Foreigners find tickets to ride on nation's railways are hard to buy
Updated: 2016-01-26 02:55
By PENG YINING(China Daily)
Foreign travelers wait to enter Shanghai Railway Station on Sunday. GAO ERQIANG / CHINA DAILY
Faced with the language barrier and cultural divide, foreigners are finding it hard this year to buy rail tickets in China ahead of Spring Festival.
More than 300 million people are forecast to travel home to celebrate the festival, which falls on Feb 8.
But most railway stations don't provide English-language services for international travelers, according to a staff member at China Railway Corp. The employee was speaking on the company hotline, which also has no English service.
China Railway Corp suggested that international travelers be accompanied by Chinese-speaking friends, or ask other buyers for help at ticket windows where there are no signs in English.
Launched in 2011, the official online ticket reservation system does not have an English-language service. Even if foreign travelers have mastered Chinese, they can only make a maximum of four reservations online. They must take their passports to stations for identity checks before making any further bookings.
Once an online booking is made, travelers can collect tickets at stations or have them delivered by mail. The company suggested that foreign travelers should always carry their passports or other identity documents.
Milou Pol, a Dutch citizen who came to China in April last year, said, "At the ticket window, you have to speak Chinese as there are no signs in English or staff members who can speak the language."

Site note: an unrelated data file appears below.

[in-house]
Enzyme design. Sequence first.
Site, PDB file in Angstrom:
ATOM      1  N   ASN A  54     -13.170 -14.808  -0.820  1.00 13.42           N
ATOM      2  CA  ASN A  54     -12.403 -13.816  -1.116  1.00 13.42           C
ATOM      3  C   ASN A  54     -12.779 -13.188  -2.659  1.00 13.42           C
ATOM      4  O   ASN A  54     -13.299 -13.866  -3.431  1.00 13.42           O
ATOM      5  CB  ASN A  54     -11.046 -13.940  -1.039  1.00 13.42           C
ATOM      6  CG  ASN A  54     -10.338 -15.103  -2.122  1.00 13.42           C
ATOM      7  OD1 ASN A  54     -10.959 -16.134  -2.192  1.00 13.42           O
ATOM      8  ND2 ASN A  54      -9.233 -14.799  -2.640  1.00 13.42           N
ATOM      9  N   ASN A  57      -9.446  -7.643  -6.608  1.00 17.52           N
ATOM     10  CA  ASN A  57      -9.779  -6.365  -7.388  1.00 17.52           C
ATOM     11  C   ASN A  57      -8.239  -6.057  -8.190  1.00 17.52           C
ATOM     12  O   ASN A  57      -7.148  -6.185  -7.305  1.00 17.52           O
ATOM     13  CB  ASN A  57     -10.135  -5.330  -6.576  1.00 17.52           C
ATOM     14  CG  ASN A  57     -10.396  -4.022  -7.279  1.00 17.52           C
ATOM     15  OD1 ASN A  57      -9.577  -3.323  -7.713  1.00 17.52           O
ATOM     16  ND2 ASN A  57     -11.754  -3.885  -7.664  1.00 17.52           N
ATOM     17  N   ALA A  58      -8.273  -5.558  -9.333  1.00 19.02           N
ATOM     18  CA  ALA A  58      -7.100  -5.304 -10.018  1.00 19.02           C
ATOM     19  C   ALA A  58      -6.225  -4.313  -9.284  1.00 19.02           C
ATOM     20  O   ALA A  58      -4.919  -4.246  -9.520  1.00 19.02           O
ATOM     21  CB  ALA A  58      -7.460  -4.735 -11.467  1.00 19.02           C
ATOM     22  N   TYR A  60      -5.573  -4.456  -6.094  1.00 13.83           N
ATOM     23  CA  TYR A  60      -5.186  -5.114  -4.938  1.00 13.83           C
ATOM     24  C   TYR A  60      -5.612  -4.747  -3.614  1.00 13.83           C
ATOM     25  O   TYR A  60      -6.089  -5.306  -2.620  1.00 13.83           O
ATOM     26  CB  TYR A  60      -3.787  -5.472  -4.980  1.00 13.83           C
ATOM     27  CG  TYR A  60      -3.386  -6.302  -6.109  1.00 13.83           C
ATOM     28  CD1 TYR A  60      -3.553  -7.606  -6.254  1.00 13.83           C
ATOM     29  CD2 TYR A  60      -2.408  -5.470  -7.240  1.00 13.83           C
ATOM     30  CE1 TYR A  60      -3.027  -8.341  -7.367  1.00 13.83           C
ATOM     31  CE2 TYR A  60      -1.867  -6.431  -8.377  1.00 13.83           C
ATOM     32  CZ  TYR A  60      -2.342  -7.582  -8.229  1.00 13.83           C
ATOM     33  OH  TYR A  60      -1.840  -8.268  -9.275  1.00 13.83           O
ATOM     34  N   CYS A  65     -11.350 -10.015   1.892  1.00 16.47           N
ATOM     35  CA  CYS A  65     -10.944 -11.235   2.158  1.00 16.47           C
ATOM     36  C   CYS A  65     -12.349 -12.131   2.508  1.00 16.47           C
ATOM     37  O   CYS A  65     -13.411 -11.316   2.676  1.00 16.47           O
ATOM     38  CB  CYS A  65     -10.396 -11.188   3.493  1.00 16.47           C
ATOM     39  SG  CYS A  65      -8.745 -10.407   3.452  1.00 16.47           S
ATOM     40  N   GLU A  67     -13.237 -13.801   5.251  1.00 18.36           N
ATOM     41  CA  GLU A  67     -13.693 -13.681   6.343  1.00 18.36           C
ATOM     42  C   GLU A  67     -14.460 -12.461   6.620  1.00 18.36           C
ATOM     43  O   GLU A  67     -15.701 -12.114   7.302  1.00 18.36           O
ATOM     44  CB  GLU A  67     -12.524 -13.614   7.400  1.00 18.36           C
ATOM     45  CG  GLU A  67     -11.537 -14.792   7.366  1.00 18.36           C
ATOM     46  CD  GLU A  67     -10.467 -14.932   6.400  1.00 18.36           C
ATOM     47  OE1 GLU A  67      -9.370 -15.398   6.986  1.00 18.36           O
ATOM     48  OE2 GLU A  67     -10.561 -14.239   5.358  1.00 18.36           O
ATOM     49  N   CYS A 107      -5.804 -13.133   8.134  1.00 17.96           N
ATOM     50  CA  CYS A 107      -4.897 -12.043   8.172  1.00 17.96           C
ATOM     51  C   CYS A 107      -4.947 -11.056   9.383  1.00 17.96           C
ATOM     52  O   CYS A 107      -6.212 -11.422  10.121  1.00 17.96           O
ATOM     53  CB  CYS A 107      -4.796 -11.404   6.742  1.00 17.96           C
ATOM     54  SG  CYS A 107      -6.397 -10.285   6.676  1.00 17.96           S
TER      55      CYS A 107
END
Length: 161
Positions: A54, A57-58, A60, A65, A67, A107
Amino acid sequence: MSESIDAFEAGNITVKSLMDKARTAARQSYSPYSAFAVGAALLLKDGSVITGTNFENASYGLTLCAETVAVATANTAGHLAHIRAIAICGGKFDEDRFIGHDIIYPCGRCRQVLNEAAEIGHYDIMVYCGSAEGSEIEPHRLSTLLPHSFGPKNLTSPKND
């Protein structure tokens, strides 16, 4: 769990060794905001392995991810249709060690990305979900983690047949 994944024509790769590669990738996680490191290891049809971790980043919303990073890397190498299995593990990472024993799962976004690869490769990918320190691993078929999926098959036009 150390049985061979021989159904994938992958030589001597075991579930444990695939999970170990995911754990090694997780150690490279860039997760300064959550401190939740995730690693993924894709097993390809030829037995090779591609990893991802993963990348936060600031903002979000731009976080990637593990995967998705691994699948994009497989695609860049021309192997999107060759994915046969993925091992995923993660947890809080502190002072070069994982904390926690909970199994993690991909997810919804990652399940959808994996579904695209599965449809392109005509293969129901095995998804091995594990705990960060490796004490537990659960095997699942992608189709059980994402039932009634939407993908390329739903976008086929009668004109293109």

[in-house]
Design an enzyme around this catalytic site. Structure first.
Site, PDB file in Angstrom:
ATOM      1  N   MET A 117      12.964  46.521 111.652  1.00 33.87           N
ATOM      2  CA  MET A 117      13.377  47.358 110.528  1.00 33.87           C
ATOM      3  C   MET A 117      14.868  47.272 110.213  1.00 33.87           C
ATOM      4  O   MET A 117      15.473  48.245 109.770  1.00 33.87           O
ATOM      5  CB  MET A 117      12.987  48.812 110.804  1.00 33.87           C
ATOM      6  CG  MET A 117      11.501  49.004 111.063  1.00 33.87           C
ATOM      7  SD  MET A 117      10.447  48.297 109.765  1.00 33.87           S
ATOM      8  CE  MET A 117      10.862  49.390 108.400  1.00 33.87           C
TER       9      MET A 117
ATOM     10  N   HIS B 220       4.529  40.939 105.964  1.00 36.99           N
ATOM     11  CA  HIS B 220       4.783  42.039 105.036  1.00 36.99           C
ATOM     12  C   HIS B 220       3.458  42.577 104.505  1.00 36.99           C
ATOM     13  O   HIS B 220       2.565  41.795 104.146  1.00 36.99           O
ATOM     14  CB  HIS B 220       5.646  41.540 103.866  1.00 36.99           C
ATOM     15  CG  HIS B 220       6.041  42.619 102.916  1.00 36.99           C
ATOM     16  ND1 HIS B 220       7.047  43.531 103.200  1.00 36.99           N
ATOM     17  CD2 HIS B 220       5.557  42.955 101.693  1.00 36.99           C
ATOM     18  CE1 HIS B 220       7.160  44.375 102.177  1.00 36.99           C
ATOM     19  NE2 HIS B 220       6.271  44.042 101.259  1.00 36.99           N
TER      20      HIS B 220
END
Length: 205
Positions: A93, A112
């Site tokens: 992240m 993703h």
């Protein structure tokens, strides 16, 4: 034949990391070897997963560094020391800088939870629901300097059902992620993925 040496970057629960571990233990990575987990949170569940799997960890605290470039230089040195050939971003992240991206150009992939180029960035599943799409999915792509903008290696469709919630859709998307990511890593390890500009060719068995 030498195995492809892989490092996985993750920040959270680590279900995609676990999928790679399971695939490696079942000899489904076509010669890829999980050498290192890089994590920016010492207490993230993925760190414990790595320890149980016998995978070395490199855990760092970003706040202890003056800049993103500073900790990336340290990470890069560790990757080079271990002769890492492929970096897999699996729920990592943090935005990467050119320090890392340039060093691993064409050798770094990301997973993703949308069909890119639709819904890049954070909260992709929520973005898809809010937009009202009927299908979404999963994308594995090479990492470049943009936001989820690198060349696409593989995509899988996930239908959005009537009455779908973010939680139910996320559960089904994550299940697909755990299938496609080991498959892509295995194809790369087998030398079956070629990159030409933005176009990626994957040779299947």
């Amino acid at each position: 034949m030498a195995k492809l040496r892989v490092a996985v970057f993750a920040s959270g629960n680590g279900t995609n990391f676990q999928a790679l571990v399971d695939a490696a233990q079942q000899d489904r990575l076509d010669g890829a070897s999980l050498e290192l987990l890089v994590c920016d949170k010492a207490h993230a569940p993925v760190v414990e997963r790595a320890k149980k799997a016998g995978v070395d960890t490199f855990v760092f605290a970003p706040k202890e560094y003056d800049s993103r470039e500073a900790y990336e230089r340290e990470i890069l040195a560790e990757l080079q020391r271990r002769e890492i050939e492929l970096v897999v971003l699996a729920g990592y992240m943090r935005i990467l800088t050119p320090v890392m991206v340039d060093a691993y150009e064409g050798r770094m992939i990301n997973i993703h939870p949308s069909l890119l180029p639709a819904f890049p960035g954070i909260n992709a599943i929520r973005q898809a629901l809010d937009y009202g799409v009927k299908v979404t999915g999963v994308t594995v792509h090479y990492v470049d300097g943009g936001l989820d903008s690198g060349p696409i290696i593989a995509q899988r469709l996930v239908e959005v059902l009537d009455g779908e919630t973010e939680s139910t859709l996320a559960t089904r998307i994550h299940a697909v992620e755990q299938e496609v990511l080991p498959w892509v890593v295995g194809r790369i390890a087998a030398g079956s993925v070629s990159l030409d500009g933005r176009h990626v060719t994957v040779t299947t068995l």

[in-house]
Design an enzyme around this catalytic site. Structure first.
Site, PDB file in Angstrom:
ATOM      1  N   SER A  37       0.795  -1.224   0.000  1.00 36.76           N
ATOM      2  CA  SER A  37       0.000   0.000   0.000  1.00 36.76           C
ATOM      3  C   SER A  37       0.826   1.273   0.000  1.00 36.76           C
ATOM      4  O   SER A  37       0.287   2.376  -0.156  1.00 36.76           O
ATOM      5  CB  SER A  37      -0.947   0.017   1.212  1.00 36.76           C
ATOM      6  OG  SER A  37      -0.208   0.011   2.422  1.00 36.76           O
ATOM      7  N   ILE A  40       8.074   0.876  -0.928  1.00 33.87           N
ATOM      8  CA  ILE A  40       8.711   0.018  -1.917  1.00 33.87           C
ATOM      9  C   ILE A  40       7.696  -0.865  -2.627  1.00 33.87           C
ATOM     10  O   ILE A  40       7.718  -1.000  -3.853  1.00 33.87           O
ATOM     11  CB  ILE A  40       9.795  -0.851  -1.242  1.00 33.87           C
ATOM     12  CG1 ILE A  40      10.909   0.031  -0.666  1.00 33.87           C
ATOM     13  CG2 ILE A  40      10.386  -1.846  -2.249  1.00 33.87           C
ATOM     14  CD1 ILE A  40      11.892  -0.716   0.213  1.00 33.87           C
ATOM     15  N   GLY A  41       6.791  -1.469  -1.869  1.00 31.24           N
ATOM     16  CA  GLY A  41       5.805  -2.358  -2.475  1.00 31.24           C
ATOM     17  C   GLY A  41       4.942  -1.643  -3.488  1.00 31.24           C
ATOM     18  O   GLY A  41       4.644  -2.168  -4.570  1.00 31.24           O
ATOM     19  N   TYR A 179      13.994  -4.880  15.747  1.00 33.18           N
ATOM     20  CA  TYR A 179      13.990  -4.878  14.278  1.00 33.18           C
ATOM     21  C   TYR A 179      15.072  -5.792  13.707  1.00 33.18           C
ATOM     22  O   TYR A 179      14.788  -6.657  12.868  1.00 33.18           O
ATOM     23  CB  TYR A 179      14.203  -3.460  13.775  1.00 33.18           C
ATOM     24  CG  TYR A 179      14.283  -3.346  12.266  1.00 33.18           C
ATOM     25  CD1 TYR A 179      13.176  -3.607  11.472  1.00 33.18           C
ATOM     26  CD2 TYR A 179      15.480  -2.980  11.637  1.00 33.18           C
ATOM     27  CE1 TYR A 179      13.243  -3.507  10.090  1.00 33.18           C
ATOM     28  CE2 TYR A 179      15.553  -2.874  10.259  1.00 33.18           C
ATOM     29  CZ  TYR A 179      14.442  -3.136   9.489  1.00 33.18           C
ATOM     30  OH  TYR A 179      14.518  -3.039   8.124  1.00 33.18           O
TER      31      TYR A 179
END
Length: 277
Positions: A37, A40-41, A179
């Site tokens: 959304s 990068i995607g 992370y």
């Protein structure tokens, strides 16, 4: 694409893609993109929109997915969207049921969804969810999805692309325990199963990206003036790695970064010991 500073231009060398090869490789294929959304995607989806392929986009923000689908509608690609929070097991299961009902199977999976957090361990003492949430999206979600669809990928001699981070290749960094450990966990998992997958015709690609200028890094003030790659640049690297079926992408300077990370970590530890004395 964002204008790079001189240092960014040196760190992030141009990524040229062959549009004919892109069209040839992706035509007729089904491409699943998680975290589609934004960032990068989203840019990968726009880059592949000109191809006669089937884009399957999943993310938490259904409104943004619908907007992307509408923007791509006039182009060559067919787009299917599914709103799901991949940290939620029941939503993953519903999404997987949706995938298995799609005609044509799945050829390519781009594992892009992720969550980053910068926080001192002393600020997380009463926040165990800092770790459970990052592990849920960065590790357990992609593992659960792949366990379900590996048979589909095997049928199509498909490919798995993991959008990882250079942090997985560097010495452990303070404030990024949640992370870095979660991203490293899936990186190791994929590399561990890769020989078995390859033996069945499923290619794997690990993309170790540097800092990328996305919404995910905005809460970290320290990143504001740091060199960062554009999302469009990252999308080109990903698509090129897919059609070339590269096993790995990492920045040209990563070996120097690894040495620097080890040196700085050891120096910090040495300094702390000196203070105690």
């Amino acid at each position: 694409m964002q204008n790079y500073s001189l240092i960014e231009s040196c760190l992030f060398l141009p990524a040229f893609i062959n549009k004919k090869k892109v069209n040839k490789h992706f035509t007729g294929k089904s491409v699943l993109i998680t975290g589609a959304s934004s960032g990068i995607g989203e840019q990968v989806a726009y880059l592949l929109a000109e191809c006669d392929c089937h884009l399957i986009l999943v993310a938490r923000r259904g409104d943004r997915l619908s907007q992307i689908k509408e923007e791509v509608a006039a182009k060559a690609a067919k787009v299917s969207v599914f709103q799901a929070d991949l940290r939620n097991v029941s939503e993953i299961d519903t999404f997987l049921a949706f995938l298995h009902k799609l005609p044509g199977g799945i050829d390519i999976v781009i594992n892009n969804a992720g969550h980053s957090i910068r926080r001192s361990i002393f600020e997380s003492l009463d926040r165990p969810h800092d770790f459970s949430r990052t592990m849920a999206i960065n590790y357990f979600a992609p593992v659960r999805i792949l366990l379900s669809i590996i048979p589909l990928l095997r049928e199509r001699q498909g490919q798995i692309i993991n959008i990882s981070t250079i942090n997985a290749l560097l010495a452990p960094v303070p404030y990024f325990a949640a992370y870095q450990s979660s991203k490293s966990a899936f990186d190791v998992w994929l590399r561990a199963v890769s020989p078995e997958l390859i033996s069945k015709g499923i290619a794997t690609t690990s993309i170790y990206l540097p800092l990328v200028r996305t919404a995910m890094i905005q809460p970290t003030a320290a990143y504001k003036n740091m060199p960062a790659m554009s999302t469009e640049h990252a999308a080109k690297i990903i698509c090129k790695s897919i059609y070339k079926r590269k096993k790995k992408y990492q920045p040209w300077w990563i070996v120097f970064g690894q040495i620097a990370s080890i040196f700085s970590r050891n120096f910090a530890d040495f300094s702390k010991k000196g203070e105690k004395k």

She said station employees always ask to see her passport and ticket.
Pol, who works for a Dutch higher education company, said that booking online is a good choice, and that travel websites other than the official railway site have English-language versions.
Robin Wordsworth, a Canadian who has lived in Beijing for three years and works for an organic food producer, said: "There aren't many signs in English to help. ... You need to be able to speak Mandarin to get what you want.
"Buying tickets in person is not the most convenient thing to do as most ticket sellers speak little or no English."
Wordsworth said he was once stranded for two days on a scheduled 24-hour journey between Kashgar and Urumqi in Xinjiang Uygur autonomous region when the train was caught in a sand storm.
"The desert is not the most enjoyable place to be with the air conditioning turned off in the middle of the day. The only food available on the train was spicy noodle soup, which made us sweat more," he said.
The Ministry of Transport estimates that 2.91 billion trips will be made during the peak Lunar New Year travel period.
China Railway said on Monday that 332 million trips are expected to be made by train, a year-on-year increase of 12.7 percent.
Nancy Gabriel, a 32-year-old teacher from the United States, said her attempts to buy a train ticket from Beijing to Chongqing ended in frustration.
"All tickets were sold out. This route is very popular around the Lunar New Year," she said. "My suggestion for international travelers would be to avoid the Spring Festival travel rush."
How to hit the tracks in China
1. Buy tickets at station windows.
If you can't work out which window to go to, make for the one with the longest line. Remember to take your passport.
2. China Railway's booking website, 12306.cn.
The most popular and convenient way to buy rail tickets in China. On Monday, the first day of the 40-day Spring Festival travel rush, more than 4 million tickets were booked online. The site does not have an English-language version.
3. Other travel websites.
Some sites, including Qunar.com, travalchinaguide.com and the Ctrip site provide English-language services for ticket searches and reservations. Any purchases other than those made through China Railway come with certain risks.
4. Local travel agencies.
Booths and windows with signs saying huo che piao (train tickets) can be seen on the streets in most cities. They are usually run by small travel agencies. Buying tickets generally incurs a fee of between 5 and 10 yuan($1.5).